Time for pre-emptive diplomacy

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Time for pre-emptive diplomacy


Shin Kak-soo
The author is a former Korean ambassador to Japan and chairman of the steering committee on Korea-Japan Vision Group.

The General Security of Military Information Agreement (Gsomia) between Korea and Japan was saved before it was due to terminate Saturday midnight after the two governments gave into pressure from the United States. Seoul offered to temporarily hold off on its decision to walk out of the mutual pact as well as suspend the procedures of complaint against Tokyo for its export curbs at the World Trade Organization (WTO) while dialogue is underway. Tokyo also agreed to hold director-level talks over its export curbs that removed Korea from its so-called white list. The reconciliatory steps come as a relief to both countries, when considering the huge ramifications of the nullification of a military-sharing pact. Still, the procedures — the tactical reversal of a strategic decision — have been disappointing.

Tokyo should first be blamed for taking the extreme action after it unfairly discriminated against Korea for strategic exports that go against the WTO rules. But Korea’s use of Gsomia — an important security asset and a symbolic pillar to bilateral and tripartite security alliance with the United States — as leverage was a suicidal move. The military pact cannot serve as a bargaining chip for an economic issue particularly at a time when a nuclear threat from North Korea remains high and the geopolitical environment in East Asia has become unpredictable.

Korea’s decision drew critical voices from the U.S. State and Defense Departments, the Joint Chiefs of Staff and Congress. Seoul could have lost potential white knights in Washington who could come to its aid against the unilateral ways of U.S. President Donald Trump on North Korean issues, U.S. forces in Korea and defense cost sharing. Korea’s resort to use the Gsomia card also helped mitigate the negative image of Japan in the international community for taking discriminative trade action.

Although Seoul and Tokyo have avoided the worst, they are far away from finding a fundamental solution. Bilateral ties have soured after the Korean Supreme Court’s rulings on wartime forced labor, Tokyo’s export restrictions and Seoul’s threat to scrap Gsomia. Although the three factors are linked, the main cause of the conflict was the wartime labor compensation issue. Therefore, unless the issue is effectively settled, an unstable relationship will prevail on both sides.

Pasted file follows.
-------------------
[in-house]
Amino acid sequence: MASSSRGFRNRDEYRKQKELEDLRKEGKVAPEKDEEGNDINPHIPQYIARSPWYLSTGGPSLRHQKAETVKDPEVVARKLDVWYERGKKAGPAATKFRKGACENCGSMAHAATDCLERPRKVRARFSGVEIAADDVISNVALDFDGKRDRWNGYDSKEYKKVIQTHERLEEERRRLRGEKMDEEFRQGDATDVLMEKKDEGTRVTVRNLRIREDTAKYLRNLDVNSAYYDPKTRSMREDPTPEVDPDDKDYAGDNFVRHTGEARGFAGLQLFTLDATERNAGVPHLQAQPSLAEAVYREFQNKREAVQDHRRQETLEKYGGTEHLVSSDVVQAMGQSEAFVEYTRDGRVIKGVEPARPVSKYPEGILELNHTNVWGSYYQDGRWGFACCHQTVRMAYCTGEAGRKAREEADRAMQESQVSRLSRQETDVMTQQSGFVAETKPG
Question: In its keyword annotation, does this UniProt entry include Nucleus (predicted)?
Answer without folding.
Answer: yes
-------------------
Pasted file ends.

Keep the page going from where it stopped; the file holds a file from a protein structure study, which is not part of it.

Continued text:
There is not much time left until plaintiffs act out the rulings enabling them to liquidate assets of Japanese companies in Korea in compliance with the top court order to compensate Koreans for underpaid — and unpaid — labor during the colonial period. Since the first ruling from the court in October last year, the administrative and judiciary branches are in conflict, not to mention the friction between domestic and international laws. A judiciary interpretation on a diplomatic agreement — the 1965 basic treaty settling all claims from the colonial period in return for the normalization of diplomatic relations — could stoke various repercussions.

The government must seek an agreement with Tokyo by presenting a negotiable package with responsibility and leadership. It also must take domestic legislative steps in Korea based on consensus with the people. At the same time, the government must persuade Japanese companies to respect the Korean Supreme Court rulings to some extent. The two countries could establish a bilateral relationship on stable footing if they can include institutionalized ways to improve future exchanges in their settlement.

Simultaneously, Seoul must reset its relationship with Washington. It must take up various challenges in bilateral relations with the Trump administration — higher defense cost sharing, a potential small deal on the North Korean nuclear issue and a possible scale down of U.S. troops in Korea, to name a few — and go beyond the misunderstanding and negative perception of Trump who faces both impeachment and re-election. Above all, Seoul must tend to the alliance with the United States as a strong pillar against the fluid and unstable Northeast Asian geopolitical environment.

Seoul does not have many friends on the external front. Strengthening its alliance with Washington and restoring ties with Tokyo can better position the country. The government must engage in proactive — and pre-emptive — diplomacy instead of a reactive one.

Translation by the Korea JoongAng Daily staff.

JoongAng Ilbo, Nov. 25, Page 33
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